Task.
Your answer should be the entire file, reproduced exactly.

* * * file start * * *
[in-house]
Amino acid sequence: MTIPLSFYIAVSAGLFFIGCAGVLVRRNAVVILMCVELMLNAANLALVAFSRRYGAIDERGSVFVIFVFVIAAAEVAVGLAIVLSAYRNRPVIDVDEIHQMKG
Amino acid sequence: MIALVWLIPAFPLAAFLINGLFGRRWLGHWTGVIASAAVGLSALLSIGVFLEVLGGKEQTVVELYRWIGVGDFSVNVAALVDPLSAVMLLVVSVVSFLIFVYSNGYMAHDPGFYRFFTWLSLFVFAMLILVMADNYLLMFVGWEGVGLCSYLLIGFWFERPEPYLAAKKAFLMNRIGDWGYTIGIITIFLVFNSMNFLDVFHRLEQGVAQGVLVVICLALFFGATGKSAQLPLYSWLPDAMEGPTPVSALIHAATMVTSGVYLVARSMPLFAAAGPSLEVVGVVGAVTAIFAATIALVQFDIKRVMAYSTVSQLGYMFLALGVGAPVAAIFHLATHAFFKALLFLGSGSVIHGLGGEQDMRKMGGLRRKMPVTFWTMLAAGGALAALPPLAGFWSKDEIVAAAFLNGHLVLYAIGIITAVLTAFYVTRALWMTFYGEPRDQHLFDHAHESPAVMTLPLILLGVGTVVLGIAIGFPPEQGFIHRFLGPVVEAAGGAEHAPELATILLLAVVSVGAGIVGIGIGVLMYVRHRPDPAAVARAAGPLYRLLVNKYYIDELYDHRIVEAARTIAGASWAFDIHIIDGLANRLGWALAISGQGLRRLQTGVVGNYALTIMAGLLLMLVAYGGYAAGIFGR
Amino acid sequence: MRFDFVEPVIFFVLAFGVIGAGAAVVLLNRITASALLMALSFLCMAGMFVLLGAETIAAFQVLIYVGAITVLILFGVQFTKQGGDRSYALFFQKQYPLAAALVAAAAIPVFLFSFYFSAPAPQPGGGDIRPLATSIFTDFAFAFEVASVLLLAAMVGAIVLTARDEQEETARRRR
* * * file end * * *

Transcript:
[in-house]
Amino acid sequence: MTIPLSFYIAVSAGLFFIGCAGVLVRRNAVVILMCVELMLNAANLALVAFSRRYGAIDERGSVFVIFVFVIAAAEVAVGLAIVLSAYRNRPVIDVDEIHQMKG
Amino acid sequence: MIALVWLIPAFPLAAFLINGLFGRRWLGHWTGVIASAAVGLSALLSIGVFLEVLGGKEQTVVELYRWIGVGDFSVNVAALVDPLSAVMLLVVSVVSFLIFVYSNGYMAHDPGFYRFFTWLSLFVFAMLILVMADNYLLMFVGWEGVGLCSYLLIGFWFERPEPYLAAKKAFLMNRIGDWGYTIGIITIFLVFNSMNFLDVFHRLEQGVAQGVLVVICLALFFGATGKSAQLPLYSWLPDAMEGPTPVSALIHAATMVTSGVYLVARSMPLFAAAGPSLEVVGVVGAVTAIFAATIALVQFDIKRVMAYSTVSQLGYMFLALGVGAPVAAIFHLATHAFFKALLFLGSGSVIHGLGGEQDMRKMGGLRRKMPVTFWTMLAAGGALAALPPLAGFWSKDEIVAAAFLNGHLVLYAIGIITAVLTAFYVTRALWMTFYGEPRDQHLFDHAHESPAVMTLPLILLGVGTVVLGIAIGFPPEQGFIHRFLGPVVEAAGGAEHAPELATILLLAVVSVGAGIVGIGIGVLMYVRHRPDPAAVARAAGPLYRLLVNKYYIDELYDHRIVEAARTIAGASWAFDIHIIDGLANRLGWALAISGQGLRRLQTGVVGNYALTIMAGLLLMLVAYGGYAAGIFGR
Amino acid sequence: MRFDFVEPVIFFVLAFGVIGAGAAVVLLNRITASALLMALSFLCMAGMFVLLGAETIAAFQVLIYVGAITVLILFGVQFTKQGGDRSYALFFQKQYPLAAALVAAAAIPVFLFSFYFSAPAPQPGGGDIRPLATSIFTDFAFAFEVASVLLLAAMVGAIVLTARDEQEETARRRR